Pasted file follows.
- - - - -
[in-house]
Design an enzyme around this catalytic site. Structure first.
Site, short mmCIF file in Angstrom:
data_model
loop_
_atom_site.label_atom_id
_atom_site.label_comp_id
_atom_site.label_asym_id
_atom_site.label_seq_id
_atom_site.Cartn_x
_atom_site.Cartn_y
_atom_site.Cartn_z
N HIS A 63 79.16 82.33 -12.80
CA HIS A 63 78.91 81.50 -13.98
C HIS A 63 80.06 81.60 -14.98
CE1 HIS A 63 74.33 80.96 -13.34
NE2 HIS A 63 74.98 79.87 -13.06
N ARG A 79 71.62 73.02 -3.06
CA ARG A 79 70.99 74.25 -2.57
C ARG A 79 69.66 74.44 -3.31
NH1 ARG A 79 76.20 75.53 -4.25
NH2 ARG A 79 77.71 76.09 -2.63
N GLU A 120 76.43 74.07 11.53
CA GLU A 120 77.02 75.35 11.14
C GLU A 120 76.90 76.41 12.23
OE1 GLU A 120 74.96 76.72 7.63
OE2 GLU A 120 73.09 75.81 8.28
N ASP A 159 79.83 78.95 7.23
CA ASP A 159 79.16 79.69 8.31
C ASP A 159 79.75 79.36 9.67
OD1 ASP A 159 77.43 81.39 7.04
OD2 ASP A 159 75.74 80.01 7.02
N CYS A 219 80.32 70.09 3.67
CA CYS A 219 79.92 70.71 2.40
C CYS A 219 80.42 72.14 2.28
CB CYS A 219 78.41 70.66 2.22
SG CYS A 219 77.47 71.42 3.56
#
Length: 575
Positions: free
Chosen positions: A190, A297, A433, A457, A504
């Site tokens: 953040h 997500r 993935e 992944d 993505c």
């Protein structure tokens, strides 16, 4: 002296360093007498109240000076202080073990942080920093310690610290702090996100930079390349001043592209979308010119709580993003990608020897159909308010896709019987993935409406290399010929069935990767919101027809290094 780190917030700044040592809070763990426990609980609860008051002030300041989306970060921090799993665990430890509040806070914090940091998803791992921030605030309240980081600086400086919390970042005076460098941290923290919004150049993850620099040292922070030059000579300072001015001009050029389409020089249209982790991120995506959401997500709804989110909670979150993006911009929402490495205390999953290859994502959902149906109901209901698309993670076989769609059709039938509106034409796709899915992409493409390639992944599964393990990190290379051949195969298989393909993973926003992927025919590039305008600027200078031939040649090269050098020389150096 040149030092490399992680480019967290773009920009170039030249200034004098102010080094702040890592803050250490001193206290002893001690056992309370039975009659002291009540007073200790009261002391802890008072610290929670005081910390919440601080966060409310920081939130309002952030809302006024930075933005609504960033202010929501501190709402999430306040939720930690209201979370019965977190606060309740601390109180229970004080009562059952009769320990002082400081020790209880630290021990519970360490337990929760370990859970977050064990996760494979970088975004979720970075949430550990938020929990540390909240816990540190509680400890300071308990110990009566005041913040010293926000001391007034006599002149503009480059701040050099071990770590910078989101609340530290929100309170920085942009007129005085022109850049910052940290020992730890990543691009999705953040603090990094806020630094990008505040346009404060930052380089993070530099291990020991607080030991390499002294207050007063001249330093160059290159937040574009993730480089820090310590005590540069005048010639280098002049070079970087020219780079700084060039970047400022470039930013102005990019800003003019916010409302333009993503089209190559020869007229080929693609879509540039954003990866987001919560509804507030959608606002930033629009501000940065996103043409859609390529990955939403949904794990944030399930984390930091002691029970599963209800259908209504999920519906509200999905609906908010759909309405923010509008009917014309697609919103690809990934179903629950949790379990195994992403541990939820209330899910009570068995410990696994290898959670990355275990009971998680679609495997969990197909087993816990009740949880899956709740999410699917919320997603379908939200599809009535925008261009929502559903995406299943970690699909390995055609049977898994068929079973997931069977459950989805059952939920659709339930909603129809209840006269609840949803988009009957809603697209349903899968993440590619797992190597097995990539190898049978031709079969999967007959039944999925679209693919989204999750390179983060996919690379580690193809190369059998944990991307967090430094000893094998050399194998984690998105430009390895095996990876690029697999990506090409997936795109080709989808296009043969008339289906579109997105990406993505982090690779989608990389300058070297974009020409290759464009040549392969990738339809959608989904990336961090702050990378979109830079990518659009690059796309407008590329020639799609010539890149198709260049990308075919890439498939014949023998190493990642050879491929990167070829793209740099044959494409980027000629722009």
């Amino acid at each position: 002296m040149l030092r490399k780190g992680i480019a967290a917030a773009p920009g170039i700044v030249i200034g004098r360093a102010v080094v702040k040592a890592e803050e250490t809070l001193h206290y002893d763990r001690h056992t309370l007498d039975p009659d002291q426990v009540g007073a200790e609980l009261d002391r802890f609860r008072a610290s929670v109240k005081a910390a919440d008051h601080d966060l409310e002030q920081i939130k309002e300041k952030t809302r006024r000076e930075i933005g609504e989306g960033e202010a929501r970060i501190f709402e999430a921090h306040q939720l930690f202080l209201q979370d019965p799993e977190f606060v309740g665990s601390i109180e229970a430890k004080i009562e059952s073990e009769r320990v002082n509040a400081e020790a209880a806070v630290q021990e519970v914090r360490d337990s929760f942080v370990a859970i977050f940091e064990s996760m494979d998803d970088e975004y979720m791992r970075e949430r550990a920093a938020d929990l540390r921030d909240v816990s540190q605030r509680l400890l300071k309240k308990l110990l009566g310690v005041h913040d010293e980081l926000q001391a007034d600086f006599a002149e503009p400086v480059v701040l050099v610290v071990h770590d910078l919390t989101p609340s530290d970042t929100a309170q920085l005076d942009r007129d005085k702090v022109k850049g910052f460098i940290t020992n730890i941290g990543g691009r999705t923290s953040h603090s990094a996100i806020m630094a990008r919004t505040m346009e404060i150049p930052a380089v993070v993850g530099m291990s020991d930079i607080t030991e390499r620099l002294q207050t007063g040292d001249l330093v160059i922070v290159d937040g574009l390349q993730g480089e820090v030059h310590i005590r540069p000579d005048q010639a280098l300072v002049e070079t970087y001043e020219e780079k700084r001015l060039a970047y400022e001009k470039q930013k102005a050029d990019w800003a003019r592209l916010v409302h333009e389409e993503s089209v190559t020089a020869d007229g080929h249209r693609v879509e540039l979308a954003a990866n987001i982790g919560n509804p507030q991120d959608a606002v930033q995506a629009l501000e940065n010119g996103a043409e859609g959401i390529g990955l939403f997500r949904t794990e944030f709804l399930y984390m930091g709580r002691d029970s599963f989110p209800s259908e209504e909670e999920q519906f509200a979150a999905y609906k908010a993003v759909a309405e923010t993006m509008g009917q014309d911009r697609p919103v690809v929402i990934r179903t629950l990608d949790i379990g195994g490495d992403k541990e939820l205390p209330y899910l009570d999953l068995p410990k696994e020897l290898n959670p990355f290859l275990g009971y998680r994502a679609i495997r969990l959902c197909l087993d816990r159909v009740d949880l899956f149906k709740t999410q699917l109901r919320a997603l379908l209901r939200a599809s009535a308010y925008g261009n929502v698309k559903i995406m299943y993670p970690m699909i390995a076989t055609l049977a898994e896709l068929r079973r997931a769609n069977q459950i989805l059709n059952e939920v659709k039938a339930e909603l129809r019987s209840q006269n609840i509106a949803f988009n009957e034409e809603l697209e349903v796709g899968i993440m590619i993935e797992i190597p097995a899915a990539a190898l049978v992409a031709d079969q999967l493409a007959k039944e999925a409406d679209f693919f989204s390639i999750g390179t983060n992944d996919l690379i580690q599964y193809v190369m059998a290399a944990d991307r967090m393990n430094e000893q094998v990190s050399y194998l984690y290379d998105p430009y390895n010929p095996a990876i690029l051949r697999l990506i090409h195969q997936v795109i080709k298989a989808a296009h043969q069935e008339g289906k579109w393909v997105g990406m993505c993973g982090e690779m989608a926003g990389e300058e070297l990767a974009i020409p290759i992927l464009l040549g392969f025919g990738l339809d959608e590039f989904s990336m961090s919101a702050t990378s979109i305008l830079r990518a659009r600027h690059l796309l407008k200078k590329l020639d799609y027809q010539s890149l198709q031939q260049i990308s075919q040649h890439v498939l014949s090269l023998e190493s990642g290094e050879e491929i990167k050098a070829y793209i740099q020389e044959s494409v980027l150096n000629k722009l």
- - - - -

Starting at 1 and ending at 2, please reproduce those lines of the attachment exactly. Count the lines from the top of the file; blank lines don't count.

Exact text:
[in-house]
Design an enzyme around this catalytic site. Structure first.